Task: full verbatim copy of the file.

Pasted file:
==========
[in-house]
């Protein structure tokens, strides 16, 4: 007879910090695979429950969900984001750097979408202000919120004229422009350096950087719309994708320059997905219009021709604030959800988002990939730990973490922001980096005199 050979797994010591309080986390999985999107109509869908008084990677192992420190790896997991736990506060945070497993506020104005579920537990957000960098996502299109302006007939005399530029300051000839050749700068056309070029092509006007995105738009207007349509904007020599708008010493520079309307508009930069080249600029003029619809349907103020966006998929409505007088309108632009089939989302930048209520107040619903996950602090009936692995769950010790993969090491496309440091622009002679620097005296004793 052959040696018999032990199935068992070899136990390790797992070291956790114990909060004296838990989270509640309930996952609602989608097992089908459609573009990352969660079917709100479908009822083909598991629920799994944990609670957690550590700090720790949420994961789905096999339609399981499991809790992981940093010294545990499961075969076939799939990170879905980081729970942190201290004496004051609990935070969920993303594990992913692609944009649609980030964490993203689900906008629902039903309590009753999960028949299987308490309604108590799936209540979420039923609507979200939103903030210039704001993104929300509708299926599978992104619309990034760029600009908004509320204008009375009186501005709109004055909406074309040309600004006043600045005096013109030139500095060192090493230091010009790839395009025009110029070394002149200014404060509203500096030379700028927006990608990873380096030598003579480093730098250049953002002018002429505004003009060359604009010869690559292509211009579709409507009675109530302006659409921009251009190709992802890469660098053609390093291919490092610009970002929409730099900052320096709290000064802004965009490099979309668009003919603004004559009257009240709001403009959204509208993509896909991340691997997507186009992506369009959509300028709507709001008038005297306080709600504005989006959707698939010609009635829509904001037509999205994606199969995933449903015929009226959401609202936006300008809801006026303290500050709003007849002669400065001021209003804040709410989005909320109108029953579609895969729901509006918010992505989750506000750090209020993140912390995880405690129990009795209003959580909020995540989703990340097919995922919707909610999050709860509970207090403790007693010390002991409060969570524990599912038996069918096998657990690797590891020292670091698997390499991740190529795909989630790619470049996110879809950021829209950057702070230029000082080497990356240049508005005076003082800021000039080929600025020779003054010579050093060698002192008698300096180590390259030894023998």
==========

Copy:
[in-house]
């Protein structure tokens, strides 16, 4: 007879910090695979429950969900984001750097979408202000919120004229422009350096950087719309994708320059997905219009021709604030959800988002990939730990973490922001980096005199 050979797994010591309080986390999985999107109509869908008084990677192992420190790896997991736990506060945070497993506020104005579920537990957000960098996502299109302006007939005399530029300051000839050749700068056309070029092509006007995105738009207007349509904007020599708008010493520079309307508009930069080249600029003029619809349907103020966006998929409505007088309108632009089939989302930048209520107040619903996950602090009936692995769950010790993969090491496309440091622009002679620097005296004793 052959040696018999032990199935068992070899136990390790797992070291956790114990909060004296838990989270509640309930996952609602989608097992089908459609573009990352969660079917709100479908009822083909598991629920799994944990609670957690550590700090720790949420994961789905096999339609399981499991809790992981940093010294545990499961075969076939799939990170879905980081729970942190201290004496004051609990935070969920993303594990992913692609944009649609980030964490993203689900906008629902039903309590009753999960028949299987308490309604108590799936209540979420039923609507979200939103903030210039704001993104929300509708299926599978992104619309990034760029600009908004509320204008009375009186501005709109004055909406074309040309600004006043600045005096013109030139500095060192090493230091010009790839395009025009110029070394002149200014404060509203500096030379700028927006990608990873380096030598003579480093730098250049953002002018002429505004003009060359604009010869690559292509211009579709409507009675109530302006659409921009251009190709992802890469660098053609390093291919490092610009970002929409730099900052320096709290000064802004965009490099979309668009003919603004004559009257009240709001403009959204509208993509896909991340691997997507186009992506369009959509300028709507709001008038005297306080709600504005989006959707698939010609009635829509904001037509999205994606199969995933449903015929009226959401609202936006300008809801006026303290500050709003007849002669400065001021209003804040709410989005909320109108029953579609895969729901509006918010992505989750506000750090209020993140912390995880405690129990009795209003959580909020995540989703990340097919995922919707909610999050709860509970207090403790007693010390002991409060969570524990599912038996069918096998657990690797590891020292670091698997390499991740190529795909989630790619470049996110879809950021829209950057702070230029000082080497990356240049508005005076003082800021000039080929600025020779003054010579050093060698002192008698300096180590390259030894023998």